Jeremiah 8:6-7 6 I have paid attention and listened, but they have not spoken rightly; no man relents of his evil, saying, ‘What have I done?’ Everyone turns to his own course, like a horse plunging headlong into battle. 7 Even the stork in the heavens knows her times, and the turtledove, swallow, and crane keep the time of their coming, but my people know not the rules of the LORD.
The recent movie “War Horse” notwithstanding, Alexander the Great’s mighty steed Bucephalus is one of history’s greatest horses. The horse’s name itself, “ox-head” (βοῦς “ox” and κεφαλή “head”), testifies to its determination. Alexander would name a city after his great horse, and one can only imagine, as in The Virtues of War, how Bucephalus plunged into battles bearing one of history’s most accomplished figures on his back.
God himself, speaking to Job from the whirlwind, describes the power of the war horse:
Job 39:19-25 19 “Do you give the horse his might? Do you clothe his neck with a mane? 20 Do you make him leap like the locust? His majestic snorting is terrifying. 21 He paws in the valley and exults in his strength; he goes out to meet the weapons. 22 He laughs at fear and is not dismayed; he does not turn back from the sword. 23 Upon him rattle the quiver, the flashing spear, and the javelin. 24 With fierceness and rage he swallows the ground; he cannot stand still at the sound of the trumpet. 25 When the trumpet sounds, he says ‘Aha!’ He smells the battle from afar, the thunder of the captains, and the shouting.
As vividly as you might be able to imagine the war horse charging headlong into battle, Jeremiah’s words jar us. He compares the powerful and determined war horse to the sinner. As the horse continues on his course, undeterred, so the sinner continues to rebel against God, unless God intervenes.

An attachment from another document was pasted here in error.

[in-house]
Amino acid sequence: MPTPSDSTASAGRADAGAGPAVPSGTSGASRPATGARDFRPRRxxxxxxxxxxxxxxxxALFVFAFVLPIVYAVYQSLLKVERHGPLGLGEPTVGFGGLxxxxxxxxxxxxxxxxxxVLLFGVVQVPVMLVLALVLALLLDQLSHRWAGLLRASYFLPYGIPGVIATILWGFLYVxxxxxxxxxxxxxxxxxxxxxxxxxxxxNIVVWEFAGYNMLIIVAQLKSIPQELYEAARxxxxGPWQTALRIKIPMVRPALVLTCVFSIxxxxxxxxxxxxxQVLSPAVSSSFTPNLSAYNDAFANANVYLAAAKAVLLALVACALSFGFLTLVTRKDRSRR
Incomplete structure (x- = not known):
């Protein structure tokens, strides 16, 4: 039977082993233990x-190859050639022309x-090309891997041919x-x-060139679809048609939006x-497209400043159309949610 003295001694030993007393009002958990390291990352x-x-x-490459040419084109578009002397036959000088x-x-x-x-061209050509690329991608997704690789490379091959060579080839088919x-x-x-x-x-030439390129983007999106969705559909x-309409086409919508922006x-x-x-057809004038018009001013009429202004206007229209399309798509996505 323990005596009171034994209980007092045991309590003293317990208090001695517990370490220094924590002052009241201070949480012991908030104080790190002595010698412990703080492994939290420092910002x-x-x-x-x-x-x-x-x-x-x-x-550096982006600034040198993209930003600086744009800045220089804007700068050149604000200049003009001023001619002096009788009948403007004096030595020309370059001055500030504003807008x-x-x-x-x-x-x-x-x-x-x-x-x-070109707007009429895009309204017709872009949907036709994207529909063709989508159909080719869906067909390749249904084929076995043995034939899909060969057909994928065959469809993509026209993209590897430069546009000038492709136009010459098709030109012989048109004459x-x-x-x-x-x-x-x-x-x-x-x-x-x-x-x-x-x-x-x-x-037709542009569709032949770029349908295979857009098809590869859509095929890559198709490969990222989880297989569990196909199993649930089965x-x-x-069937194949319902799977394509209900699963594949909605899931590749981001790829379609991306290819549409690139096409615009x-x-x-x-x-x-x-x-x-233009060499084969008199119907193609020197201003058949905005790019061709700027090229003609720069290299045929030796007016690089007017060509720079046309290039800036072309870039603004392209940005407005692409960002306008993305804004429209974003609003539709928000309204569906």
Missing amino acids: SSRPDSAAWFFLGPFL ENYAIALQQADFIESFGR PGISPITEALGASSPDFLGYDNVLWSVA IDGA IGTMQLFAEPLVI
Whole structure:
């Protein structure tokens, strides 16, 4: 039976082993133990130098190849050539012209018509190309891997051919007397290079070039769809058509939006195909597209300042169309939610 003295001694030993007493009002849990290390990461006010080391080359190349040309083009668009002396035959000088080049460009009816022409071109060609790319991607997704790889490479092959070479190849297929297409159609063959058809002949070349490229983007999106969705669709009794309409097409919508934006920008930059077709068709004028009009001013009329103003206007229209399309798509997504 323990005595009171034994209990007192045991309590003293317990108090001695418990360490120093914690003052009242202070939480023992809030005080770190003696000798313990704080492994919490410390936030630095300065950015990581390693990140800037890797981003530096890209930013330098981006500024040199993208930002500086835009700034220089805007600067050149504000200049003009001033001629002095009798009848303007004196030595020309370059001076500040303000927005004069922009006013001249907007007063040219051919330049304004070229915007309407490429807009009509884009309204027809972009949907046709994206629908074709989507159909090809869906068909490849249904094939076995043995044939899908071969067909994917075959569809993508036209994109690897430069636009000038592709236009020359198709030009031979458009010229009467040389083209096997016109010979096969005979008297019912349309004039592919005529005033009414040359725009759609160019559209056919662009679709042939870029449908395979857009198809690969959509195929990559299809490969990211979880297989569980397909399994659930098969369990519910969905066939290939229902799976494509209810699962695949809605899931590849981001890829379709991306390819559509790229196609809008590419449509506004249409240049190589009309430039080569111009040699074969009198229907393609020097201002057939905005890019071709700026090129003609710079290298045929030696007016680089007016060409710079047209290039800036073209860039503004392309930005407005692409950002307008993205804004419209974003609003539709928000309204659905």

As a parent of small children, I witness them double-down on their rebellious behavior, stubbornly continuing in their tantrum even when it is clearly not working. I am no different.
Matthew Henry comments,
They did not so much as take the first step towards repentance; they did not so much as say, What have I done? There was no motion towards it, not the least sign or token of it. Note, True repentance beings in a serious and impartial inquiry into ourselves, what have we done, arising from a conviction that we have done amiss. (2.) They were so far from repenting of their sins that they went on resolutely in their sins: Every one turned to his course, his wicked course, that course of sin which he had chosen and accustomed himself to, as the horse rushes into the battle, eager upon action, and scorning to be curbed.
Praise the Lord that he intervenes, turns us aside, makes us “come to our senses” (Luke 15:17), see our sin, and seek the Savior who sought us out. None of us has earned God’s grace—”Everyone turns to his own course,” and this means he gets all the glory, transforming stubborn sinners plunging to their deaths into those who know their Savior’s voice and listen to his commands.